Another stop at the Flying J in Caldwell - our last tank of gas for this trip!  The price is 3.43 ....which will look good when we arrive in Baker City and gas is 3.59 at the cheapest station!  Prices for this trip have fluctuated from a high of $4.19 in Austin, NV in February, to $3.05 in Roswell, NM in late April.  Wow...a pretty big range!!  Most of the time we were able to buy for somewhere in the $3.40 to $3.60 range.  We averaged 12.5 miles per gallon for the trip.  

    Over the Snake River again and we enter Oregon just before 12 noon!  The balsam root are covering the hillsides of the Burnt River Canyon with yellow splendor.  The hills are definitely greener than they were when we left!  Back into Pacific Time Zone at 12:20.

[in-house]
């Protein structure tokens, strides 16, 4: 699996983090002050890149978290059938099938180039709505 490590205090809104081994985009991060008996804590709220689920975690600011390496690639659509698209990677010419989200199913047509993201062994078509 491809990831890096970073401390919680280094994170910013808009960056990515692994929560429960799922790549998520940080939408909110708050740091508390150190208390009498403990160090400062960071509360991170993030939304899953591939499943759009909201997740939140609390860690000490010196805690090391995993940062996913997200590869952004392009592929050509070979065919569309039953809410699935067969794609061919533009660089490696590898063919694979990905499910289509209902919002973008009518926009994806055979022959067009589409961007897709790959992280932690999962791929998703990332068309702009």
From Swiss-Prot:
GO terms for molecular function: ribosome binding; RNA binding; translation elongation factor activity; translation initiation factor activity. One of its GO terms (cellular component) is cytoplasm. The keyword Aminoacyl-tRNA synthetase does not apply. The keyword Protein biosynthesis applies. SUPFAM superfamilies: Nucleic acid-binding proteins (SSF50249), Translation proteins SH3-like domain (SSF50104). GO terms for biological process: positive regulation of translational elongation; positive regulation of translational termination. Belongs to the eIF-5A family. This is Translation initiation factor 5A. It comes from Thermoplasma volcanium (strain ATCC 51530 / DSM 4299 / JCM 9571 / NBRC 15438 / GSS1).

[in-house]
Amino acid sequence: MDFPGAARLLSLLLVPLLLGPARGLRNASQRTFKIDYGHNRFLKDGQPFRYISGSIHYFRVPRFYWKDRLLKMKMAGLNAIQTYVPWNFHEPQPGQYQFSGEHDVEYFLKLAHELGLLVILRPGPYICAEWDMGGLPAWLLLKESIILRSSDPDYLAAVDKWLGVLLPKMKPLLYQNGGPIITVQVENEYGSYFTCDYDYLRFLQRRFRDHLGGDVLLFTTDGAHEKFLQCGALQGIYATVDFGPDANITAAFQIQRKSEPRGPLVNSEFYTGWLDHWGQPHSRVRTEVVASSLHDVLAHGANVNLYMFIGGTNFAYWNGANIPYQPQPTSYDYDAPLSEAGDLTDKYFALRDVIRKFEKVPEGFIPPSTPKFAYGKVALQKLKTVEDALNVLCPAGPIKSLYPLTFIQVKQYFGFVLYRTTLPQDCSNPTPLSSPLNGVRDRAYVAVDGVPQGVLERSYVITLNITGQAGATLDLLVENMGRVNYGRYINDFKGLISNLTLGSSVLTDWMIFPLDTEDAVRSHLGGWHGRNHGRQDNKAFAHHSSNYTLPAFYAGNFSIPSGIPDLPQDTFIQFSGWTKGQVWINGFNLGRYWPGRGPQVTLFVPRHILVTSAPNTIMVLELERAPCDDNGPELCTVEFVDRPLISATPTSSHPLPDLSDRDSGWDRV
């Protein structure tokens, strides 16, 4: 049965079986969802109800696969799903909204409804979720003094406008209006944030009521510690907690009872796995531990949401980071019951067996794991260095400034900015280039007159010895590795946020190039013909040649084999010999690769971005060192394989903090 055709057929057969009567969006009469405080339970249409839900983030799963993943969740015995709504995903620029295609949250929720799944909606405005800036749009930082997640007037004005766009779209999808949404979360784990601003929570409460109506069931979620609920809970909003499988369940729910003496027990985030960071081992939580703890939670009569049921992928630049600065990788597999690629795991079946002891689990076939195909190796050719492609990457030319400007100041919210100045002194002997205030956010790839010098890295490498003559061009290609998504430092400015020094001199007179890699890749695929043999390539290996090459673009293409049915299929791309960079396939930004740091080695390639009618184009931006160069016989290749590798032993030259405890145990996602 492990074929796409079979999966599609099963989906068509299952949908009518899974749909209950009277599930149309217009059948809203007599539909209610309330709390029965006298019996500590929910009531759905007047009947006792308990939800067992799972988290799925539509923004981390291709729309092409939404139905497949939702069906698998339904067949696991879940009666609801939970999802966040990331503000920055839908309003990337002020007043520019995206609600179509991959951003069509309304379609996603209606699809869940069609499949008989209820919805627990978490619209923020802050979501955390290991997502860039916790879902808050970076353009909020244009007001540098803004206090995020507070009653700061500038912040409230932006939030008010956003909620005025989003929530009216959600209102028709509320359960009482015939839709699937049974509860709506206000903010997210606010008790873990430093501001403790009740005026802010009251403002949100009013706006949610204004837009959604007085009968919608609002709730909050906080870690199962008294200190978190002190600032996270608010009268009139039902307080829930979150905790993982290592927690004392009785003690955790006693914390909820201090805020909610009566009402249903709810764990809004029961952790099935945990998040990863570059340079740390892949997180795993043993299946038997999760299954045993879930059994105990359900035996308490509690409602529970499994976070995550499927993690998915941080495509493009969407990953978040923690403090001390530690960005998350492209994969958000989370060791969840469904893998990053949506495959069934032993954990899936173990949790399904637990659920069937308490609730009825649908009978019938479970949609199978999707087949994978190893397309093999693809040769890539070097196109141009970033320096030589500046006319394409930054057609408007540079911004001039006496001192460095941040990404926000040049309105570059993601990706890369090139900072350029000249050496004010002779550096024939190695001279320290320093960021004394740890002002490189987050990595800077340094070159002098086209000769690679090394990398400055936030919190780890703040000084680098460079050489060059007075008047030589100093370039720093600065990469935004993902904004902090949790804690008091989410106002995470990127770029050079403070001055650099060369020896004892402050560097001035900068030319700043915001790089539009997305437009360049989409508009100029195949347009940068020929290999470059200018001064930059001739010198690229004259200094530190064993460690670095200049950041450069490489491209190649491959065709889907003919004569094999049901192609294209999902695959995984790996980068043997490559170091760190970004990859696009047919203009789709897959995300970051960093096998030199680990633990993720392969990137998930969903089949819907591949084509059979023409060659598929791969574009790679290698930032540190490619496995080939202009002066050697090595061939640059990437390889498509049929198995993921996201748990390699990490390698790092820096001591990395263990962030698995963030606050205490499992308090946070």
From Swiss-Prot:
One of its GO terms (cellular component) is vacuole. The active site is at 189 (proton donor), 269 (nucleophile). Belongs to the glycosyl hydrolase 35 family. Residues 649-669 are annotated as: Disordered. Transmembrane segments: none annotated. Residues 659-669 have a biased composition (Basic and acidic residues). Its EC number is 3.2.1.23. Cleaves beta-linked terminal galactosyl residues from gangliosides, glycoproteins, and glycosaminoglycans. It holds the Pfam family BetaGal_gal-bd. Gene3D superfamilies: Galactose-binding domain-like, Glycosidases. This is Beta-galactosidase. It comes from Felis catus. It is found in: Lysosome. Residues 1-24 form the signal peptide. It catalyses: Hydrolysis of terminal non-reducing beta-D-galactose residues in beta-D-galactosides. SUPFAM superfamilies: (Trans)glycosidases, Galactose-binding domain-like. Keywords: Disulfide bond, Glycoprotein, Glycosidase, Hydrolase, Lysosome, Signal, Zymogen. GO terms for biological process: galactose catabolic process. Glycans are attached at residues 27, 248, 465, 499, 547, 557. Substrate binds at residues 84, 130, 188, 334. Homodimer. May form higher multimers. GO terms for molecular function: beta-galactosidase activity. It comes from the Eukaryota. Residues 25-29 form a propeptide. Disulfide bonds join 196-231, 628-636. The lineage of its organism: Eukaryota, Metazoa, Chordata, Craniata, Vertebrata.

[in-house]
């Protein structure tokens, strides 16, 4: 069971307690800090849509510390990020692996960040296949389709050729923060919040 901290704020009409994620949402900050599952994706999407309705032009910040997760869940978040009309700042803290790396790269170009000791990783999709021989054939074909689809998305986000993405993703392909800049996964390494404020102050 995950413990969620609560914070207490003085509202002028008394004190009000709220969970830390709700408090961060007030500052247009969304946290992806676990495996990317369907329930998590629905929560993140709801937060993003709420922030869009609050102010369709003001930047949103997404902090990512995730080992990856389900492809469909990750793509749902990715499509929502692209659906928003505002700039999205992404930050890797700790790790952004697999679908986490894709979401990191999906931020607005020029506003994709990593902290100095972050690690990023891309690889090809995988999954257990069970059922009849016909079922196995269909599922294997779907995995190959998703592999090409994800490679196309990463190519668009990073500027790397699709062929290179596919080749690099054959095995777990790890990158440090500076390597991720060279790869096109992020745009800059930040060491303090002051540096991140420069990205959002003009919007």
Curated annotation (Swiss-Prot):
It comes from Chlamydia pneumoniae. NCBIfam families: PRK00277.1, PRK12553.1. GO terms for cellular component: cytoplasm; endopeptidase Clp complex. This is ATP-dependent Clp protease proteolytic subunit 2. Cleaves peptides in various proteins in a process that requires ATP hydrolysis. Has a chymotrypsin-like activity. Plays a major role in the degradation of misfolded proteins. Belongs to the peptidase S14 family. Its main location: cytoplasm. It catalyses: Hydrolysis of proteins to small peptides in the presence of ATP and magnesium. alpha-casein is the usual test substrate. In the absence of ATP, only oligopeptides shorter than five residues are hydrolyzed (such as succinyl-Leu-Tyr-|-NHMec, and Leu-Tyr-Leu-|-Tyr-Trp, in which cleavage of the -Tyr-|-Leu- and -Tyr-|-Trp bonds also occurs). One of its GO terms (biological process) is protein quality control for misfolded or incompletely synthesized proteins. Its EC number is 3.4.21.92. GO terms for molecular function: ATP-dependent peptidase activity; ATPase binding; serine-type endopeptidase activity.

For those readers who haven't ever been to Baker Valley, the following picture, taken from Interstate 84 as you past the crest of the hill at Pleasant Valley, is one of the reasons we come home.  The incredible people who live here are the other reason!  I was excited to see our Elkhorn Mountains today.  
Elkhorn Mts. as found on I-84 about 10 miles from Baker City. 

Total miles:  6850
Total trailer miles:  4277
Total truck only miles:  2573

Total Housing Costs:  $856
Total Gas Costs:  $1,792
Total Food Costs: $1,682
Total Misc. Costs: $1016
TOTAL COST:  $5,346
Total Gas per Mile: $0.26
Total Trip per Day: $73.23

City of Trees RV Park in Rupert, ID
386 miles
Click HERE for a few pictures
     Well, the weather this morning has confirmed our decision to pull up stakes and head for home.  The mountains are totally socked in.  It has rained off and on during the night (quite hard yesterday evening at times).  Fortunately we were able to finish breaking 'camp' this morning in a dry manner.